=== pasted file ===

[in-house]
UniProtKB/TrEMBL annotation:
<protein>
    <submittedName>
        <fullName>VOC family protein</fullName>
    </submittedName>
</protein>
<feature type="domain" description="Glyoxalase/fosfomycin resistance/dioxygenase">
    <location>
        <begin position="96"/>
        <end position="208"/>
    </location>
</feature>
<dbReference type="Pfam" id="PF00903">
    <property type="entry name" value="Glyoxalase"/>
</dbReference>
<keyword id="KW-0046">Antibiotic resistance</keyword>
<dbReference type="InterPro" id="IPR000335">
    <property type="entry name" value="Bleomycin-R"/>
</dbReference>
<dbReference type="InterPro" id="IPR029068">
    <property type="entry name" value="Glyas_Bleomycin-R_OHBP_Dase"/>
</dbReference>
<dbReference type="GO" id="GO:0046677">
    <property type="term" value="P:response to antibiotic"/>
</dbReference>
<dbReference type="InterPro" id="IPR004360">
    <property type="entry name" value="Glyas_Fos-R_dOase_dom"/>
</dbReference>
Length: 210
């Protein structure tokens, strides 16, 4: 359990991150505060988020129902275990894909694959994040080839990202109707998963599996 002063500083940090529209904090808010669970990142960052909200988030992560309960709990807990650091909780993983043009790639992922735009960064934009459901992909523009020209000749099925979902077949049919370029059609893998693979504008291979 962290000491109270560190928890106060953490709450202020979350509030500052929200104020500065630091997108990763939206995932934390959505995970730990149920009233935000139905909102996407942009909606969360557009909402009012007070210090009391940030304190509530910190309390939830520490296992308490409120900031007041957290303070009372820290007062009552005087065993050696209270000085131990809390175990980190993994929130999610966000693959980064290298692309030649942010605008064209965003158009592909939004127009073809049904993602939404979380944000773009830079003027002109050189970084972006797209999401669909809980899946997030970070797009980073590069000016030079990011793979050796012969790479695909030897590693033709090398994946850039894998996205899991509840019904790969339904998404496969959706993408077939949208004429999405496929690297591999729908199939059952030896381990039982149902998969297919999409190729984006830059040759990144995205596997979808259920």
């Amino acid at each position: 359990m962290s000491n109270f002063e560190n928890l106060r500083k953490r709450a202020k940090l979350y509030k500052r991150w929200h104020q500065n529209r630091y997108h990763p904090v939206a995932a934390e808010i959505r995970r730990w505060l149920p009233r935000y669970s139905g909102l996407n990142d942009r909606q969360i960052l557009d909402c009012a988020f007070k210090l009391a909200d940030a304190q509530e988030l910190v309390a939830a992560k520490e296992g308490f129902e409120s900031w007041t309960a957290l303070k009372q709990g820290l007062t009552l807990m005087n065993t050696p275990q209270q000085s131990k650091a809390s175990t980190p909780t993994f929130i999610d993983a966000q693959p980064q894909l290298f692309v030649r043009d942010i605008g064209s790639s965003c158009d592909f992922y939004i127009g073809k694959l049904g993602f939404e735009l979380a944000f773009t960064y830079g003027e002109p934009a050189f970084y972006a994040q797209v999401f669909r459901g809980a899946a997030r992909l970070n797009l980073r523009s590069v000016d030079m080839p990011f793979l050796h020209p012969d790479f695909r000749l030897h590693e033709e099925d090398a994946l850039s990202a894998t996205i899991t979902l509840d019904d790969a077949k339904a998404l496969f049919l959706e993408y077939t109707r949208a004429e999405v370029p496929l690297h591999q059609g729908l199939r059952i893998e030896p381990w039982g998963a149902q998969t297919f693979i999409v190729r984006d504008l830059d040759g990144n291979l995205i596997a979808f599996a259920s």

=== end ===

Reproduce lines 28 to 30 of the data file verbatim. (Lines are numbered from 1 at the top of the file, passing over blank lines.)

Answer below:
    <property type="entry name" value="Glyas_Fos-R_dOase_dom"/>
</dbReference>
Length: 210